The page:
Designing Fitness Centers in Today’s Environment

Fitness Centers For Hotels

Planning a multifamily fitness facility used to be complex, and since 2020 it has gotten even more difficult. Consumers have changed their behavior, shipping companies are frequently delayed, and manufacturers are experience delays and pricing changes of their own. To navigate this new normal, here are some important considerations you should add to your planning list.

1. Consumers switched to home gyms in 2020

When the coronavirus pandemic shut everything down in 2020, many consumers invested in and created their own home gyms. “As soon as the lockdowns took effect, the home-fitness business took off like wildfire,” said Matt Powell, vice president and senior industry adviser for the NPD Group as reported by the Washington Post. As of January 2021, demand for home exercise and outdoor equipment continued to be off the charts in numbers reported by multiple industry retailers like REI.

To create a multifamily fitness facility, you’ll need to offer something they don’t have at home.

2. The pandemic isn’t over yet

While we’ve come a long way, the pandemic isn’t over yet and consumers are still wary about exercising in group environments. As the highly contagious delta-variant surges, gym owners are preparing for potential new mandates as well as voluntary safety measures. When it comes to new equipment expect consumers to demand more spacing and ventilation, which can mean fewer overall machines.

But the pandemic has affected more than just that — it’s affected the supply chain.

3. Exercise equipment is back-ordered and delayed

Even if you’re customer base has stayed relatively stable for your multi-family gym, you probably won’t be getting new equipment in any hurry — or need replacement parts and service either. Between the surging consumer demand for products, the custom nature of many commercial equipment sales, and the general supply chain disruptions associated with shutdowns, limited capacities, and more, you simply won’t get new equipment any time soon.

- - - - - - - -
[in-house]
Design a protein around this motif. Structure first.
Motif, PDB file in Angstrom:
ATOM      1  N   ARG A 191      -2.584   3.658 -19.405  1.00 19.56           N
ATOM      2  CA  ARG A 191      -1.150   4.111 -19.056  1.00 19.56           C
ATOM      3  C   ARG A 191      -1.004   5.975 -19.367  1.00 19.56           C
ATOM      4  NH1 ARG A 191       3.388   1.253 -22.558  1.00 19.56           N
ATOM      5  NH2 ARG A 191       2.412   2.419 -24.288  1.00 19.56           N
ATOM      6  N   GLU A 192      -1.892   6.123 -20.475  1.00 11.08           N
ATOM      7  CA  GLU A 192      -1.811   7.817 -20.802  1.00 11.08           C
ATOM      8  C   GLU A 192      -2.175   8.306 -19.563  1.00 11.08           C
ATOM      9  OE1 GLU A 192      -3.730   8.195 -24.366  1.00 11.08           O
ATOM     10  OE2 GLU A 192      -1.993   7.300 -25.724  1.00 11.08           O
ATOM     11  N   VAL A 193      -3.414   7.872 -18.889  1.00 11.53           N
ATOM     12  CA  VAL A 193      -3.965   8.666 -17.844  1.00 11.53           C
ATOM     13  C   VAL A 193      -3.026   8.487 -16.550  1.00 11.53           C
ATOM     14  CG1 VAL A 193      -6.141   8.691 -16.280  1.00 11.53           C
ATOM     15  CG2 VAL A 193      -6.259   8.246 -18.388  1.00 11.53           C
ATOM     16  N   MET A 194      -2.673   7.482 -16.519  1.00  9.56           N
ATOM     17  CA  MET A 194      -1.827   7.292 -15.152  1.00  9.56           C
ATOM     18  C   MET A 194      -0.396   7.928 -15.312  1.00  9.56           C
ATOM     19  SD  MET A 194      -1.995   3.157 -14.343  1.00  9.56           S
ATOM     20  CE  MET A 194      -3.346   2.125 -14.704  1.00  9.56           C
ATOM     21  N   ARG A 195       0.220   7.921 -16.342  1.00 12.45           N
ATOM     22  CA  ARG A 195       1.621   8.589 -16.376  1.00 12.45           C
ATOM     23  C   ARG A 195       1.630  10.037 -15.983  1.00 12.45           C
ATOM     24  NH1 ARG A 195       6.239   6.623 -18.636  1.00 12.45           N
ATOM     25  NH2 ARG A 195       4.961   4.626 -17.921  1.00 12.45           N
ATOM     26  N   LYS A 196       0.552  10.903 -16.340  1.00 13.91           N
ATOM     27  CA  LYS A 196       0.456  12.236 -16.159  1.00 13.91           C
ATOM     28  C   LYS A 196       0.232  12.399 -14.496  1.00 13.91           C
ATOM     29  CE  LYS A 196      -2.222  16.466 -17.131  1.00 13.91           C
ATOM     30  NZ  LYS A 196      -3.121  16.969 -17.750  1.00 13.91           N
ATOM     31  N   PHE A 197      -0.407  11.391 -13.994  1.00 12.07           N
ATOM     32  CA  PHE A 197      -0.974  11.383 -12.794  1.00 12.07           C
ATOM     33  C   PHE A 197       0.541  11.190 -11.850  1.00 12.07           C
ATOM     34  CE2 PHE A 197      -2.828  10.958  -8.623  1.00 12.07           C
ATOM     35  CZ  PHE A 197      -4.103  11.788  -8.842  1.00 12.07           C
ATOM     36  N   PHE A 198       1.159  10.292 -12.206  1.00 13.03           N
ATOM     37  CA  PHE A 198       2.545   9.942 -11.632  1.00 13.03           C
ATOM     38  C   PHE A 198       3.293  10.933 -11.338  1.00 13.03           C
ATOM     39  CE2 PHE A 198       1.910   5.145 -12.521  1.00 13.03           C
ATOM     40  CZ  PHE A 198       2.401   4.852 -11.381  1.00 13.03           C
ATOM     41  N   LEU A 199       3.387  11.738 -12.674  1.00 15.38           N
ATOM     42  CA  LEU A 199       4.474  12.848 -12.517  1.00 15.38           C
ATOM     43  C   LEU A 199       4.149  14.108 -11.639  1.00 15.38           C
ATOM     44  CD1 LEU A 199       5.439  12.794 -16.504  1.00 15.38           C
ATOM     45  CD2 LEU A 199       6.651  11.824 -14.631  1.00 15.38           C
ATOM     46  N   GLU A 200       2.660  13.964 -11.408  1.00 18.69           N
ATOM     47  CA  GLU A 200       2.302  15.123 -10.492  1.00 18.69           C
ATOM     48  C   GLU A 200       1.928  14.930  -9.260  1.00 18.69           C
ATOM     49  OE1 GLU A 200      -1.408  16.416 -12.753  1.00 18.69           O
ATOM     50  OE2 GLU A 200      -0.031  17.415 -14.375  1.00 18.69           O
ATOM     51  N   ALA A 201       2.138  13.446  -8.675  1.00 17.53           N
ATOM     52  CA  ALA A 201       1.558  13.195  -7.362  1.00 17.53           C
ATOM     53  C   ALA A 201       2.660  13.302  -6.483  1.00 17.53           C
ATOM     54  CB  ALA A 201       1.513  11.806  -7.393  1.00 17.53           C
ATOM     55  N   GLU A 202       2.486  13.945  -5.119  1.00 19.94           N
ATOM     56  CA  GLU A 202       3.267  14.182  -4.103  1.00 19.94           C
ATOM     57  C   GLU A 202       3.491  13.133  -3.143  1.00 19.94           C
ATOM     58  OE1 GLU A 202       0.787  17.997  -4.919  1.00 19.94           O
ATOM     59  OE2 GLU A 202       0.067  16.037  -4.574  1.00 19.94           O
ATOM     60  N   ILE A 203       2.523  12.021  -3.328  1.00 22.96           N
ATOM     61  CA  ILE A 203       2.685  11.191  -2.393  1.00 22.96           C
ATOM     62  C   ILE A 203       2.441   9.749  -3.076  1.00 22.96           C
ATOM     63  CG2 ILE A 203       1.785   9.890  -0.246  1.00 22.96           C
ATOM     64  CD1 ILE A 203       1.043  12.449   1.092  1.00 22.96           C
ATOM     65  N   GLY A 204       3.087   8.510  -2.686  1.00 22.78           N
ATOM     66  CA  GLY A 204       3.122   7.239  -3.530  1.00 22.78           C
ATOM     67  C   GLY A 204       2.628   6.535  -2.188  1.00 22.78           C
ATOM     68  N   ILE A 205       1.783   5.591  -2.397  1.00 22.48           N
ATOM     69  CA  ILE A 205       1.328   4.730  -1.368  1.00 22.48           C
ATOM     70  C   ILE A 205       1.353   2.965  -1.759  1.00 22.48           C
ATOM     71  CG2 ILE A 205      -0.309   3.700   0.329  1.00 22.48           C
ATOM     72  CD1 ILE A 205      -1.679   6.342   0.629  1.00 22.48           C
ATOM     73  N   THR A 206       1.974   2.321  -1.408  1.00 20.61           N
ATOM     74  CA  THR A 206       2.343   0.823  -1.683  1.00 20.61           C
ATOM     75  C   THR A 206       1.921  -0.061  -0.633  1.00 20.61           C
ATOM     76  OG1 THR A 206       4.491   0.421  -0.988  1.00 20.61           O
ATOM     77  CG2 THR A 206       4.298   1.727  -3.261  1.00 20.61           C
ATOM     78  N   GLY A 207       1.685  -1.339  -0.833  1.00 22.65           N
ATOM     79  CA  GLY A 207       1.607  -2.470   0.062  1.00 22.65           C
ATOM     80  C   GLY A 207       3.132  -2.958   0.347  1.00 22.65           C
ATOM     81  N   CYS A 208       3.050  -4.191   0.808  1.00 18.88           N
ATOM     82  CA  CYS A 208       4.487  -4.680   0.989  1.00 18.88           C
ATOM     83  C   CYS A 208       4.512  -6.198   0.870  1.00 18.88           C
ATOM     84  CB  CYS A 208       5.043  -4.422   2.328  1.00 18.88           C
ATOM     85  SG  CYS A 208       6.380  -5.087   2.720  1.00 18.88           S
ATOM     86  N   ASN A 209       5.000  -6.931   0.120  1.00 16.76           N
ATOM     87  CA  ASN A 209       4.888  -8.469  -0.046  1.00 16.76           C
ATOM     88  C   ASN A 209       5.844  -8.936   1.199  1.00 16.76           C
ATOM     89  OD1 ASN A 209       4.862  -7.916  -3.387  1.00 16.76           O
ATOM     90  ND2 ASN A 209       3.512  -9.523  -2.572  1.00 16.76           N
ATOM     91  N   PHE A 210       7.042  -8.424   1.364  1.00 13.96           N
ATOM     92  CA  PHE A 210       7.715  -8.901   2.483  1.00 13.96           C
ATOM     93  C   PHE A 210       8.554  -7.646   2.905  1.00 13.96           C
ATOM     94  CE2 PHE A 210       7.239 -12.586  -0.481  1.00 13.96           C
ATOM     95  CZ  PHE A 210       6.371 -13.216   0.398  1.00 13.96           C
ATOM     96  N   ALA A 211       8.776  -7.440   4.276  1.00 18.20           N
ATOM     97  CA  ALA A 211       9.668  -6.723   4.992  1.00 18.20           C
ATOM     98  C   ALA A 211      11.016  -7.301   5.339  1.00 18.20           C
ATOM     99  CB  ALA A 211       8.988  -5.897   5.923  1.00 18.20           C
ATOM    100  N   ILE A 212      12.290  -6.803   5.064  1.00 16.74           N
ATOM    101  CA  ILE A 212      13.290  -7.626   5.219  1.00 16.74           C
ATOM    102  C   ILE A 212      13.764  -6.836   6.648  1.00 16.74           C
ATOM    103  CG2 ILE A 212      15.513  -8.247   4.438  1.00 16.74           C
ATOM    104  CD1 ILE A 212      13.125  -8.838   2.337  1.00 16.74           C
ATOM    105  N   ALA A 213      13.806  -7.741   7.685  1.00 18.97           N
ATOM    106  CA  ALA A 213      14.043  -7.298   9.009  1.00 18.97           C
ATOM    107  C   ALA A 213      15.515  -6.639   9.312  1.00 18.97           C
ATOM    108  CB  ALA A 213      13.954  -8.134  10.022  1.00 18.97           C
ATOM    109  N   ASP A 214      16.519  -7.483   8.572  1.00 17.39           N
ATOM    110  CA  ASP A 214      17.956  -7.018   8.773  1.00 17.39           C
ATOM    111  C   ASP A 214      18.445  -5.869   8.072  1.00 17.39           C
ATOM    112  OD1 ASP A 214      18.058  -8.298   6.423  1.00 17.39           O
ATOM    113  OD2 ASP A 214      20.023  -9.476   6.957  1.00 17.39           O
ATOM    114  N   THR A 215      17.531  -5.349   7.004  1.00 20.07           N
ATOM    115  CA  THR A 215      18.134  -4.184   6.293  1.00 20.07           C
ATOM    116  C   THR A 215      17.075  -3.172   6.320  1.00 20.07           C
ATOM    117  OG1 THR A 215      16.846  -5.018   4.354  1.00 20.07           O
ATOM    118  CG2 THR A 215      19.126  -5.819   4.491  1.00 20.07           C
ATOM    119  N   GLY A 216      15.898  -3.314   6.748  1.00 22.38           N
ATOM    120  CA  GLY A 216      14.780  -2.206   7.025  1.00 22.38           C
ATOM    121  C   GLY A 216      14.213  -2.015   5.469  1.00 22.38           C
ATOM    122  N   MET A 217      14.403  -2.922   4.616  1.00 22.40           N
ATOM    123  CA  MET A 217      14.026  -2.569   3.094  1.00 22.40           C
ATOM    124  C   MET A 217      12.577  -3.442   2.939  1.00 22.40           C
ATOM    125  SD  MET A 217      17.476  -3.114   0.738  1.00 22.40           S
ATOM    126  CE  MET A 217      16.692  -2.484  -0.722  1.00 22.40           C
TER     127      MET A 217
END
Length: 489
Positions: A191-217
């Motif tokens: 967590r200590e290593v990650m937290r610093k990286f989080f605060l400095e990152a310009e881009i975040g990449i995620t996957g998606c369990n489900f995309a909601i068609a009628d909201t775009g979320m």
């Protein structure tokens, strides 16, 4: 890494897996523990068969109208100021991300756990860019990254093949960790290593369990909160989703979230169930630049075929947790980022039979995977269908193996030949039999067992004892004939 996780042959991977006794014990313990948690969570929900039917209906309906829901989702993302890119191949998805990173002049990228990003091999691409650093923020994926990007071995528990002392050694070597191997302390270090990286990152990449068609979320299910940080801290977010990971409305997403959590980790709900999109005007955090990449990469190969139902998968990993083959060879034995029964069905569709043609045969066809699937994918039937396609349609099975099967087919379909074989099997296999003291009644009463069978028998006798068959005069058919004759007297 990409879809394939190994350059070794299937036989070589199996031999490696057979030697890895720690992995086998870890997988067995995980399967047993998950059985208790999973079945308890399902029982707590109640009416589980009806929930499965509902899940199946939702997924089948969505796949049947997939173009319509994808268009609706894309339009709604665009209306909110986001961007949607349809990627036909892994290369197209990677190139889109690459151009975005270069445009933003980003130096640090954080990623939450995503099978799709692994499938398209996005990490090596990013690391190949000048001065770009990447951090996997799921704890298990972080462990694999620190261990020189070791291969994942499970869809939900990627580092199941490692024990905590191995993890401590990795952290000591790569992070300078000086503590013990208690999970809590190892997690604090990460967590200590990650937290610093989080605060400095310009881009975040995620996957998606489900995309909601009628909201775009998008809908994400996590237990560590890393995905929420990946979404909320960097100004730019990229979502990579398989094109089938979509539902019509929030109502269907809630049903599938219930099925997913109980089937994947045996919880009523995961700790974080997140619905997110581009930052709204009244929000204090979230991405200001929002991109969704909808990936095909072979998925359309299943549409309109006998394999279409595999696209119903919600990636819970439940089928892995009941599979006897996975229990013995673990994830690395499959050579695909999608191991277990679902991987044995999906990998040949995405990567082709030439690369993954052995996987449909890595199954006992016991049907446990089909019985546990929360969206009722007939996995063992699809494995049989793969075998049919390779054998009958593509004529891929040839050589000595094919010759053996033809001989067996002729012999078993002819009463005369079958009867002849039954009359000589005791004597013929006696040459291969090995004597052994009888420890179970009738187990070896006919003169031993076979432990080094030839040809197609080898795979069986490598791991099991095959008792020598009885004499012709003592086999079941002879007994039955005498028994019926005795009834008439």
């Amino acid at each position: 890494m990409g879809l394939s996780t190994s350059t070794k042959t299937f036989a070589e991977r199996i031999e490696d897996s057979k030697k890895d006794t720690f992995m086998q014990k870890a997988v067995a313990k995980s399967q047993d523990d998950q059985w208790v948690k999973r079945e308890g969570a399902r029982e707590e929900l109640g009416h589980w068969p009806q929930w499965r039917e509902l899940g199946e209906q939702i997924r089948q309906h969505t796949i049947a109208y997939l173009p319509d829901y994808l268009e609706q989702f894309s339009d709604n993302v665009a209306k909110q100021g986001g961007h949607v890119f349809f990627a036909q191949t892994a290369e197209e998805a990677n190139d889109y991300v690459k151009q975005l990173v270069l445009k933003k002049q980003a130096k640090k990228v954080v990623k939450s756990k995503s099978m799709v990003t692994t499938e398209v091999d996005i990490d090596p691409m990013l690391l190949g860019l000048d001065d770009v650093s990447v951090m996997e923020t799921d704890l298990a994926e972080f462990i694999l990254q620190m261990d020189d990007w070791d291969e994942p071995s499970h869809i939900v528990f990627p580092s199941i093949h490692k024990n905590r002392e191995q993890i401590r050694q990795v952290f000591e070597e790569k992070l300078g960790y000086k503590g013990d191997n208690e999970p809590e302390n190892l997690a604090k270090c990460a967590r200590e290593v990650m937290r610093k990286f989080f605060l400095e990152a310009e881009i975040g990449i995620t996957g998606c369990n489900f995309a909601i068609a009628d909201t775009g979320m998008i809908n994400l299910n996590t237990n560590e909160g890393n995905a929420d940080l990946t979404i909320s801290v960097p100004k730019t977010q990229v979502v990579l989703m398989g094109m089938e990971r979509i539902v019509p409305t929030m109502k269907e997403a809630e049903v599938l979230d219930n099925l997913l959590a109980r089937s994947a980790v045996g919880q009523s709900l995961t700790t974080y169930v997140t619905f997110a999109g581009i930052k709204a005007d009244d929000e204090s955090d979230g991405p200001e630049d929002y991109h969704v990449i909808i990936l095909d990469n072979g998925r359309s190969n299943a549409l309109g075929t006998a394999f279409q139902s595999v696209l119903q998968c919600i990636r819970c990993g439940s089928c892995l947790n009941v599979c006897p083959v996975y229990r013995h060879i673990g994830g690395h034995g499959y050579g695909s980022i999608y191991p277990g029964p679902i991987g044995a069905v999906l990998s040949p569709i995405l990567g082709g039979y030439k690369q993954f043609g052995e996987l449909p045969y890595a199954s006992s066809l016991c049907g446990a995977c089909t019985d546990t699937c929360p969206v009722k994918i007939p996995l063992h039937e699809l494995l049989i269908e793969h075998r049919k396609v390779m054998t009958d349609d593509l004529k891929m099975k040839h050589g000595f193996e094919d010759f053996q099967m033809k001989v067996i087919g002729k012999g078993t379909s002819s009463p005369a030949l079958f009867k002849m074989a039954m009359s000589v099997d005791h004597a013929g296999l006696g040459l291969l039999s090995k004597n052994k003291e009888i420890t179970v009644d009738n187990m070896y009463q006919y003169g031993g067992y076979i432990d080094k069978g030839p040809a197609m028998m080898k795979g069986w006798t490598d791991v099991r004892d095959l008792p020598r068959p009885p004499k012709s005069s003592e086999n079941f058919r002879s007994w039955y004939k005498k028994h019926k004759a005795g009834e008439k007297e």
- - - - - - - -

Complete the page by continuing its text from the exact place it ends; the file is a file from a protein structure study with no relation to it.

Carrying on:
If you’re planning a grand opening, you’ll want to hold off on announcing the date until your product arrives. as many retailers describe, “Shipping delays are here to stay at least throughout the summer and possibly into the holidays as well.”

4. Equipment costs are skyrocketing

Because equipment has become so hard to get, costs for fitness equipment are skyrocketing. Demand is up, supply is down and to add to that the costs for both the raw materials and the fuel to transport and manufacture these items have gone “through the roof” too. Hot-rolled sheet steel, a component used in many different fitness items demonstrates this point. In 2007 you could purchase the raw goods for $400 per metric but in the summer of 2021, that same supply cost $1,154 per metric ton.

Consider the price of equipment before launching your multifamily fitness facility.

5. Find new ways to attract participants

Having facilities for members to workout onsite is important, but new audiences are demanded expanded offerings to justify the cost of membership. You’ll want to make sure you have equipment such as high-quality audio-video to create workout videos by your personal trainers and a strong internet connection to connect via video conference.

You’ll want to experiment with new technologies such as interactive apps or even virtual reality workouts to stay competitive.

Creating a multifamily fitness facility has changed, remember these changes when creating your own plan.

For more information on designing fitness facilities for multi-housing, please contact a Fit Supply representative at